Proof without allegation is just as fatal as allegation without proof. Ingold v. Phoenix Assurance Co., 230 N.C. 142, 52 S.E.2d 366, 8 A.L.R.2d 1439. Both are required. Maddox v. Brown, 232 N.C. 542, 61 S.E.2d 613; Bank of Wadesboro v. Caudle, 239 N.C. 270, 79 S.E.2d 723. Should we affirm the judgment entered, the plaintiffs would be compelled to suffer a judgment against them rendered on a defense of which they had no notice and which in effect is negatived by the allegations contained in the answer. Such is not the way of the Court. King v. Coley, supra.
An assignment of error must present a single question of law for consideration by the court. Even so, it is at times entirely proper to group more than one exception under one assignment. The assignments of error on this appeal constitute such a clear illustration of the rule which permits the grouping of several exceptions under one assignment without making the assignment broadside in nature that we pause to call attention thereto by way of dicta and for the information of the profession.
"Exceptions are grouped and assigned as error as follows:"1. * * * "2. Plaintiffs' Exceptions 2, 3, 4, 5, 7, 8, and 9 (R pp 21, 22, 29, 30, 31). The action of the Court in permitting testimony regarding the privileged communication between plaintiff S. G. Dobias and his attorney Paul J. Story. "3. * * * "4. Plaintiffs' Exception No. 10 (R p 36). The action of the Court in finding the facts set forth in paragraphs 1, 2, 3, 4, 5, 6 and 9 of the Judgment, which findings of fact were made in the absence of evidence of the same, or are based upon incompetent testimony."
While the appellants group seven exceptions under their assignment No. 2, this is entirely proper. Each and every exception is directed to the question whether under the circumstances of this case the communications between Dr. Dobias and his attorney are privileged and evidence thereof is inadmissible over the objection of the plaintiffs. Assignment No. 3 is of like import. The six exceptions grouped thereunder are directed to the admissibility of evidence of the parol agreement of accord and satisfaction notwithstanding the plaintiffs' plea of the Statute of Frauds in their reply and their timely objections when the testimony was tendered by the defendants.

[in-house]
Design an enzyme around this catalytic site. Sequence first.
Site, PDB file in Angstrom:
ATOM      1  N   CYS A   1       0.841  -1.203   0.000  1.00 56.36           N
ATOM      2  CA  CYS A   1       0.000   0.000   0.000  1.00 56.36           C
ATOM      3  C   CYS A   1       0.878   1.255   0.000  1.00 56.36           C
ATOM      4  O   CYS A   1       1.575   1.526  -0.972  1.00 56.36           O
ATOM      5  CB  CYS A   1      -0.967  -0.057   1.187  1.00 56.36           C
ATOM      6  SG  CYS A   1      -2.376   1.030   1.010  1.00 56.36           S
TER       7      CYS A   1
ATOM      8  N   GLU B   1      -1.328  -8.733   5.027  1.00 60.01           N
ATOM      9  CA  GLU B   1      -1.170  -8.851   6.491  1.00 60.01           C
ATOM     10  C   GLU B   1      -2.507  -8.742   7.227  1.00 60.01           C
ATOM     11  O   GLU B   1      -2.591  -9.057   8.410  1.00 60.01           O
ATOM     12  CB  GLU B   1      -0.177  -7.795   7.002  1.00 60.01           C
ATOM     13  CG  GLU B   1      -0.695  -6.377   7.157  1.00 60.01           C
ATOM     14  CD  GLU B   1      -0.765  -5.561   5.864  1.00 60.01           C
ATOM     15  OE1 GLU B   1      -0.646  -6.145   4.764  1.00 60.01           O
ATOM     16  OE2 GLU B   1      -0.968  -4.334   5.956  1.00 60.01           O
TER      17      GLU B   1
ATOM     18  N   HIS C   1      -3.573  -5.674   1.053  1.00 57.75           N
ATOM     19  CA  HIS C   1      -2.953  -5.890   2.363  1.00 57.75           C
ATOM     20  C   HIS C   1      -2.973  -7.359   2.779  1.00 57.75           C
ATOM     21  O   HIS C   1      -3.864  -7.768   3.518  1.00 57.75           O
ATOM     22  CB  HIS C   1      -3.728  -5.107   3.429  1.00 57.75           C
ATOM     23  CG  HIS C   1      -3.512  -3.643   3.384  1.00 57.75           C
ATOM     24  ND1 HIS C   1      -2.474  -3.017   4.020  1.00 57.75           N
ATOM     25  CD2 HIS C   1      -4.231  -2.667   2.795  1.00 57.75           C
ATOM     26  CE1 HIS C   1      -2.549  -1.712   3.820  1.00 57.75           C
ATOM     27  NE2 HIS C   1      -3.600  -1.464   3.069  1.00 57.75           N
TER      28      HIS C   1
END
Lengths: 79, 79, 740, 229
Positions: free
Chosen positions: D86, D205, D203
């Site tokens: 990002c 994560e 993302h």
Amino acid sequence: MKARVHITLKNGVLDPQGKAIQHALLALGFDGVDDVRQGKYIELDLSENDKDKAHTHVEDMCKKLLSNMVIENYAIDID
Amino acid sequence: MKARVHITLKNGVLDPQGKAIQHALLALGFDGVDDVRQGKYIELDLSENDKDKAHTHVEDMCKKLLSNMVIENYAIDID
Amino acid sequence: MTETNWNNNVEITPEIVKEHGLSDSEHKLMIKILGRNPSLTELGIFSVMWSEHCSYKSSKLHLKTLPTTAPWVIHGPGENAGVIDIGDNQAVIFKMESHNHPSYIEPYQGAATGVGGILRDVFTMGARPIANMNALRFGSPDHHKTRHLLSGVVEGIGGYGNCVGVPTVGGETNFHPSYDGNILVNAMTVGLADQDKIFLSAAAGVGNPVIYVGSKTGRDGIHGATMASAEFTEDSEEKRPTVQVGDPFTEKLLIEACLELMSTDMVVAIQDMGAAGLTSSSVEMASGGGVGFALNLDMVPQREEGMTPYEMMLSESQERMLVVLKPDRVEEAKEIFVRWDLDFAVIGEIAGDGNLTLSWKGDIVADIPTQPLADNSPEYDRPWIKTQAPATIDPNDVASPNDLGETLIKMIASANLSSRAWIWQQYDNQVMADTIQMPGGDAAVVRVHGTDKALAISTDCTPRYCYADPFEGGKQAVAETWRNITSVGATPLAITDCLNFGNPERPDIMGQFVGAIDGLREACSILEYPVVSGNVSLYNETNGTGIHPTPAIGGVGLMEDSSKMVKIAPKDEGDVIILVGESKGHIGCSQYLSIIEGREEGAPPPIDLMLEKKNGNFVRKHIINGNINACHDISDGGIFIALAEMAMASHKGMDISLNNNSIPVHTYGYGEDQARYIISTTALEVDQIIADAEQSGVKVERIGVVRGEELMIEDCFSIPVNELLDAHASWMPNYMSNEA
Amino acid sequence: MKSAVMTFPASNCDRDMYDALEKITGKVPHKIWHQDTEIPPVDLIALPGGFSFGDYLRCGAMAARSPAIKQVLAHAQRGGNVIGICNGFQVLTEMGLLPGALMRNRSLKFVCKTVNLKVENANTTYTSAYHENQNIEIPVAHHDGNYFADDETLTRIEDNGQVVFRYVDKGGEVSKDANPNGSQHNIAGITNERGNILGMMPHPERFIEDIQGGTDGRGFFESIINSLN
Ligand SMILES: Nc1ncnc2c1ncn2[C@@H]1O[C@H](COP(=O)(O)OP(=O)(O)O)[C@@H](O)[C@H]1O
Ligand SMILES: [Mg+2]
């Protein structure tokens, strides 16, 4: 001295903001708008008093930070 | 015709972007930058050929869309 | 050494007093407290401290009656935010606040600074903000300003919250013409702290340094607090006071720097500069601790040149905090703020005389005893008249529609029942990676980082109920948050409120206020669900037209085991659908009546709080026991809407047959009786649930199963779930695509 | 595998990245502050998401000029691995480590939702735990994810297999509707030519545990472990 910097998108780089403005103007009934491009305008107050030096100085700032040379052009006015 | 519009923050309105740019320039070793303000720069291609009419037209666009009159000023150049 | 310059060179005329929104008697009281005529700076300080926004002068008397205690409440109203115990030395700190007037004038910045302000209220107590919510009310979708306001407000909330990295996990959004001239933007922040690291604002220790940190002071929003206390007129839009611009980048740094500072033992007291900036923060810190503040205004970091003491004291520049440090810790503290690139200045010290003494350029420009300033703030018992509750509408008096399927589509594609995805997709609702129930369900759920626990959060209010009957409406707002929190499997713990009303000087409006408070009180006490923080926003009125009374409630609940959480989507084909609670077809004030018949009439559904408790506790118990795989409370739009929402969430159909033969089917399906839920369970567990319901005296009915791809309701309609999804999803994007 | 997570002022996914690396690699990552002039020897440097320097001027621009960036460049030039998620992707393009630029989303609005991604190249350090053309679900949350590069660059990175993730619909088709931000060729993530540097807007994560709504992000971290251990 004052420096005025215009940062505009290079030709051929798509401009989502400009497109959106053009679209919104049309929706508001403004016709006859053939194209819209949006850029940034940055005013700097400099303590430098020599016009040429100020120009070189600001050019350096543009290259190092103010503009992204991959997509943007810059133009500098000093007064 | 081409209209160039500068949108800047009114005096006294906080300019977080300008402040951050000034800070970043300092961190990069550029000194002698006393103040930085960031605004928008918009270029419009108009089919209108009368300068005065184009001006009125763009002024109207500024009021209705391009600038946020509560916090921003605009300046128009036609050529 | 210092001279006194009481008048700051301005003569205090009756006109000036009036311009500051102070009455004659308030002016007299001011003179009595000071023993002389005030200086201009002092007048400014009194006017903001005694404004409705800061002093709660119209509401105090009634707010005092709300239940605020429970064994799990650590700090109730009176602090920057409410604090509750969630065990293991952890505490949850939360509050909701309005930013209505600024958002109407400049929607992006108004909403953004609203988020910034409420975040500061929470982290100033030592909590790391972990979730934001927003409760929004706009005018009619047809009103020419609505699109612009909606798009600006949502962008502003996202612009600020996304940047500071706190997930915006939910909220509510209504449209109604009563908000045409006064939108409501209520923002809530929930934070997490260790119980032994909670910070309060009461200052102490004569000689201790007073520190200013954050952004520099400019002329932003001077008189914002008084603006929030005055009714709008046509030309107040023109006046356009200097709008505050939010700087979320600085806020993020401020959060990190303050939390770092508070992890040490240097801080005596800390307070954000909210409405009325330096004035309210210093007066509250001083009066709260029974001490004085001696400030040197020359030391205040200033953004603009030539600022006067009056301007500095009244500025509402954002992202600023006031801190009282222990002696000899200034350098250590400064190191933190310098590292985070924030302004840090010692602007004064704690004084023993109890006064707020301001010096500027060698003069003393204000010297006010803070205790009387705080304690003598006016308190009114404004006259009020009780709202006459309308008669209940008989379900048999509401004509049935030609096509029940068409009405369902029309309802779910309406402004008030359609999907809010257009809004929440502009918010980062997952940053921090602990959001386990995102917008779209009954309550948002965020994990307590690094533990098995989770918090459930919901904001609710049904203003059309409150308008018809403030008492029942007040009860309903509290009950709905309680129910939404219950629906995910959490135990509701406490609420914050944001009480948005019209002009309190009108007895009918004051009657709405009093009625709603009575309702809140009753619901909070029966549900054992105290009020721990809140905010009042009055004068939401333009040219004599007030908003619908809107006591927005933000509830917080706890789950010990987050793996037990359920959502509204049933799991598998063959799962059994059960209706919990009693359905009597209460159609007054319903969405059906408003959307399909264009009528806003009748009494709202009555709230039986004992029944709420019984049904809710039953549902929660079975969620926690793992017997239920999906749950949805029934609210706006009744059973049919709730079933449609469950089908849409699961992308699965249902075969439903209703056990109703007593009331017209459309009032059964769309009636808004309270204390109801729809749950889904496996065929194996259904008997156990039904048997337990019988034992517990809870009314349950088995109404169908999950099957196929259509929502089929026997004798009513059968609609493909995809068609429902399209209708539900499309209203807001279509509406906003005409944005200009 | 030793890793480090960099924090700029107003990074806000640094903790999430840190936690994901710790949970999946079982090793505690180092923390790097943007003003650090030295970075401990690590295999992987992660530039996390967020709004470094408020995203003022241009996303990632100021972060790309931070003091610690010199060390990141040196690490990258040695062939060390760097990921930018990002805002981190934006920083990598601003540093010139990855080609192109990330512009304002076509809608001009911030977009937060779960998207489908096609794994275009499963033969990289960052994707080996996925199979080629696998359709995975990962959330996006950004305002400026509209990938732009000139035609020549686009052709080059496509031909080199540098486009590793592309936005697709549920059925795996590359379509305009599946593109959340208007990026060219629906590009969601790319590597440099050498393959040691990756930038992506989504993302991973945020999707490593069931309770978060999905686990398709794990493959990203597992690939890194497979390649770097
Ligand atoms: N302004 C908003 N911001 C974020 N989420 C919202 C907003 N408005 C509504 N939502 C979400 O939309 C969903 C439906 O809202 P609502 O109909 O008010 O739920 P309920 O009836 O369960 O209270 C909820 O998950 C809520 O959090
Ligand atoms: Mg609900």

On the other hand, while only one exception is listed under assignment No. 4, the plaintiffs seek thereby to challenge the sufficiency of the evidence to support seven separate and distinct findings of fact. The evidence which tends to support one finding is not relied on to support the others. Different evidence relates to different findings. Testimony which tends to establish the agreement does not necessarily show that in accepting the deed executed by the defendants the attorney was acting as the agent of the plaintiffs or that the plaintiffs have breached the agreement. Hence this assignment attempts to raise seven different questions and is therefore nothing more than a broadside assignment of error which *792 is insufficient to bring into focus the sufficiency of the testimony to support any particular finding of fact made by the court below.
As heretofore pointed out, the findings of fact made by the court below are too conflicting to support a judgment. We must therefore vacate the judgment entered and remand the cause for a rehearing. It is so ordered.
Error and remanded.